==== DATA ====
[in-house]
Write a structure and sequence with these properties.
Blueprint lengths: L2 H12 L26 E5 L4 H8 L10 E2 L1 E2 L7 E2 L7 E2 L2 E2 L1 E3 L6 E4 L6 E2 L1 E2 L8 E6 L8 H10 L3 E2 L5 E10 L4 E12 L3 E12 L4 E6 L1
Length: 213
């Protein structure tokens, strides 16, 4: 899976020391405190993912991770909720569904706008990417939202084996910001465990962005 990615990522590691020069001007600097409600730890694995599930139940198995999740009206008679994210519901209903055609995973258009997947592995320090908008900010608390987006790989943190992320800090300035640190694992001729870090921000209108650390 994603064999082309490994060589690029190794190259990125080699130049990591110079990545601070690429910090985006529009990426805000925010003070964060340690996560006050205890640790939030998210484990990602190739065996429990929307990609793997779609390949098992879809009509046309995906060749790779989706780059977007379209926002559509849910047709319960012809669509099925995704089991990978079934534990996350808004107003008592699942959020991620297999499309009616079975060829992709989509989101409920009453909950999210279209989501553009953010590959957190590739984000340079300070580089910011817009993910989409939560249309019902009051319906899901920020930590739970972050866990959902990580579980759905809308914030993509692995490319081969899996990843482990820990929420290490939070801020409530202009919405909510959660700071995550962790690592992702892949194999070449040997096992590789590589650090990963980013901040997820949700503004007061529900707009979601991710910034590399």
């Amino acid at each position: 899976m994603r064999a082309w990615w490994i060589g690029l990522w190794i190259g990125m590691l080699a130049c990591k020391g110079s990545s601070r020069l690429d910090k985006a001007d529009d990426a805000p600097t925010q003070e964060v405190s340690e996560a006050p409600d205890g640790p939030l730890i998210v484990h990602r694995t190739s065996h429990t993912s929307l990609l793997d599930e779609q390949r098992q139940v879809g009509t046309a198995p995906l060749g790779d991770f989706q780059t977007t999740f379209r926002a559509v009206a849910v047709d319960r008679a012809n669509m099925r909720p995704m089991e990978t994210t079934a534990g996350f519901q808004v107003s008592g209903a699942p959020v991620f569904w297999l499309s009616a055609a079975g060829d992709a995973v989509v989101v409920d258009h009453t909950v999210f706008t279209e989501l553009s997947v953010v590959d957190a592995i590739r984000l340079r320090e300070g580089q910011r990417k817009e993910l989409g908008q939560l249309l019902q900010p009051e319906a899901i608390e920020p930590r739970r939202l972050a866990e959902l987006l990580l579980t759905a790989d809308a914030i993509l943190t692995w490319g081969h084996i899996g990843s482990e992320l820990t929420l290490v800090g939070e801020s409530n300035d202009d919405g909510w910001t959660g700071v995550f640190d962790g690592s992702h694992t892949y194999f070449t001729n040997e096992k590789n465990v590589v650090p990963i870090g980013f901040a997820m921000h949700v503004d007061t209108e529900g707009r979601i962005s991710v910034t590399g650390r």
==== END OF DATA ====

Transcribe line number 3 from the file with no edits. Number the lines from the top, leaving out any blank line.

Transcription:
Blueprint lengths: L2 H12 L26 E5 L4 H8 L10 E2 L1 E2 L7 E2 L7 E2 L2 E2 L1 E3 L6 E4 L6 E2 L1 E2 L8 E6 L8 H10 L3 E2 L5 E10 L4 E12 L3 E12 L4 E6 L1